A group of researchers at the New York University School of Medicine conducted tests on a group of mice, exposing one group to e-cigarette aerosol and the other to normal air. The group exposed to e-cigarette vapor demonstrated significantly more DNA damage in the heart, lungs, and bladder than those breathing regular filtered air. Also damaged were the DNA repair systems in the cells, necessary to protect against cancer. Urine tests on a group of teenagers who vape revealed a higher level of at least 5 different toxins in their bodies, all of which are known or suspected carcinogens. In 2009, a federal law banned the use of any flavors other than menthol in traditional cigarettes. On the other hand, e-cigarettes are unregulated and use flavors attractive to young people.

According to the Washington Post, inhalants aren’t the only dangerous thing about vaping. The death of 38 year old Tallmadge D’Elia was linked to his vape pen exploding in his hand, sending projectile shrapnel into his brain and starting a small fire in his Florida home. His body was found on May 5th with burns over 80% of his body. An autopsy concluded that D’Elia’s cause of death was a “projectile wound of the head.” The U.S Fire Administration wrote that between 2009 and 2016, there were at least 195 reported instances of e-cigarettes exploding or catching fire. This is often the result of the atomizer (heater) or the battery being old and/or malfunctioning.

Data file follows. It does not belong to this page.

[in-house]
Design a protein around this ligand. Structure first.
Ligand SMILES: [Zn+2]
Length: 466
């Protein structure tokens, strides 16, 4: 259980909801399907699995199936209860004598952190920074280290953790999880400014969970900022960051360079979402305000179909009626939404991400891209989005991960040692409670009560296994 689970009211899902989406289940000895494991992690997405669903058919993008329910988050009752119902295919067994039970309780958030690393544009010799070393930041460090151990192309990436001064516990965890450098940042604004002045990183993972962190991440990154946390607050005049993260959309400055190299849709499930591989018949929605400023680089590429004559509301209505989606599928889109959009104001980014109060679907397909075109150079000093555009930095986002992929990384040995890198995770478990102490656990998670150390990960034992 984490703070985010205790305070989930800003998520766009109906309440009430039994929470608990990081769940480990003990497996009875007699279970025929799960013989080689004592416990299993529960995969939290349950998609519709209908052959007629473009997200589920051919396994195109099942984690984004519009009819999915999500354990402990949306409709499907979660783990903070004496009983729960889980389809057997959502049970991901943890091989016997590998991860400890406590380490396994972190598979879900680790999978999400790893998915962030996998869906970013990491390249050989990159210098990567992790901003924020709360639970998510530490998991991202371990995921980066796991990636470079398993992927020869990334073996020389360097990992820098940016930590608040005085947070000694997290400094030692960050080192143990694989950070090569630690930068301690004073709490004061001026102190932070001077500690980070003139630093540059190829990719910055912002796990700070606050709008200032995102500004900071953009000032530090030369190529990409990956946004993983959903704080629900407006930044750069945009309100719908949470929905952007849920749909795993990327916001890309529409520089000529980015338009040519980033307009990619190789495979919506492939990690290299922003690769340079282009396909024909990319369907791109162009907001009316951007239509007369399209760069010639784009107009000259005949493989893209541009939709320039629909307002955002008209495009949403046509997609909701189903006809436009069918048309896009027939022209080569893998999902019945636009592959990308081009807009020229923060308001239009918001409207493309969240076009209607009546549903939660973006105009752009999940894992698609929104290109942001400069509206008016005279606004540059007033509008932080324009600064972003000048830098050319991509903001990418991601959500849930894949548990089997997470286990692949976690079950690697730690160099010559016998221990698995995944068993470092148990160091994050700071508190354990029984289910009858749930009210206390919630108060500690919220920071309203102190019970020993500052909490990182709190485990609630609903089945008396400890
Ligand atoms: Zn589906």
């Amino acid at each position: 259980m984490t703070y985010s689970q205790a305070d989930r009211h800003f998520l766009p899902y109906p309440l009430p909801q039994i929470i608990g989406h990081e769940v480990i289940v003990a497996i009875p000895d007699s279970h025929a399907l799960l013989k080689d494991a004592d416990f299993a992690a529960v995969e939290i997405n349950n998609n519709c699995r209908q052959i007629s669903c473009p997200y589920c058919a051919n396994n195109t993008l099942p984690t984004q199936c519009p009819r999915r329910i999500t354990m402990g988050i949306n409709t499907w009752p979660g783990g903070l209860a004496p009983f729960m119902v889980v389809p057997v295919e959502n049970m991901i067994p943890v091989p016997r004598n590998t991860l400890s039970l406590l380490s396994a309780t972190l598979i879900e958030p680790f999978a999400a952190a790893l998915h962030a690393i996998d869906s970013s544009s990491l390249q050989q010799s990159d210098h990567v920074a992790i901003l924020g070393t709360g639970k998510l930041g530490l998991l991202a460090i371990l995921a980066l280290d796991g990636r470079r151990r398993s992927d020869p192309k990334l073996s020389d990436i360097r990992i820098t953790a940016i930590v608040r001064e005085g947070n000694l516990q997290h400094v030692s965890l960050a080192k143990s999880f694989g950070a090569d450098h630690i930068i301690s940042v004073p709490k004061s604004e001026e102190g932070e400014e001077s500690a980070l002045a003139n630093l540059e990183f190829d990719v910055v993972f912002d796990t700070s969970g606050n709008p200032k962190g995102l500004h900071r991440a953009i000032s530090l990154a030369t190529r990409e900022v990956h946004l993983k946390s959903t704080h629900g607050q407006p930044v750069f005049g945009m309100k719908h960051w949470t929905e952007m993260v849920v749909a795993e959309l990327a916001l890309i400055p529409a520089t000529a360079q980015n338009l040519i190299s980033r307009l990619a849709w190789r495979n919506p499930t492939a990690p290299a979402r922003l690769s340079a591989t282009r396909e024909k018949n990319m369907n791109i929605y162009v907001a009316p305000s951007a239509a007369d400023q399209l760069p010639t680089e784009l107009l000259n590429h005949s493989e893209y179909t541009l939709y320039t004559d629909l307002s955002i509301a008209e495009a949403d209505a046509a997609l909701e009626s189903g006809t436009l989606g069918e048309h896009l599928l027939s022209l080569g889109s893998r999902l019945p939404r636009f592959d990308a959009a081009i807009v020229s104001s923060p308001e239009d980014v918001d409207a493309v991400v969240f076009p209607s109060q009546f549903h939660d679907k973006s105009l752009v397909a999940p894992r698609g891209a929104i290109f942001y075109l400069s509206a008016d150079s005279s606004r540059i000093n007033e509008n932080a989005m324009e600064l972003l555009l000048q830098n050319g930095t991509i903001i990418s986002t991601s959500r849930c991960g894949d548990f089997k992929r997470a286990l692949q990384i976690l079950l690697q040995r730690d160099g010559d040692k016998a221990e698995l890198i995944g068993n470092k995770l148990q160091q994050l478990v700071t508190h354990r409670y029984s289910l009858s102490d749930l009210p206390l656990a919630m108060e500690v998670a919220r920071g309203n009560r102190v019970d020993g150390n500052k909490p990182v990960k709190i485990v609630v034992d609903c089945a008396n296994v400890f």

A lot of vapers have little to no idea what they’re really inhaling. 13.7% of them, in fact. Vaping damages the user’s DNA, which can lead to cancer. The Institute of Environmental Medicine at New York University concluded that e-cigarette smokers have a higher risk than non-smokers of developing lung and bladder cancers, as well as heart diseases. If you’re considering starting vaping, Will Herrera’s advice is this: “Don’t start if you’re just trying to fit in. It’s not worth it.” 

About the Writers
Ashley Honey, Staff Editor

Number of years on the paper: This is Ashley's second year on the paper

Grade Level: 11th grade, Junior

Favorite part of Newspaper: "Being creative"

Favorite...

Miles Arambula, Staff Editor

Number of years on the paper: This is Mile's second year on the paper

Grade Level: 12th grade, Senior

Favorite part of Newspaper: "I like seeing...

Gabby Beachey, Copy Editor

Number of years on the paper: This is Gabby's first year on the paper

Grade Level: 10th grade, Sophomore

Favorite part of Newspaper: "Being able...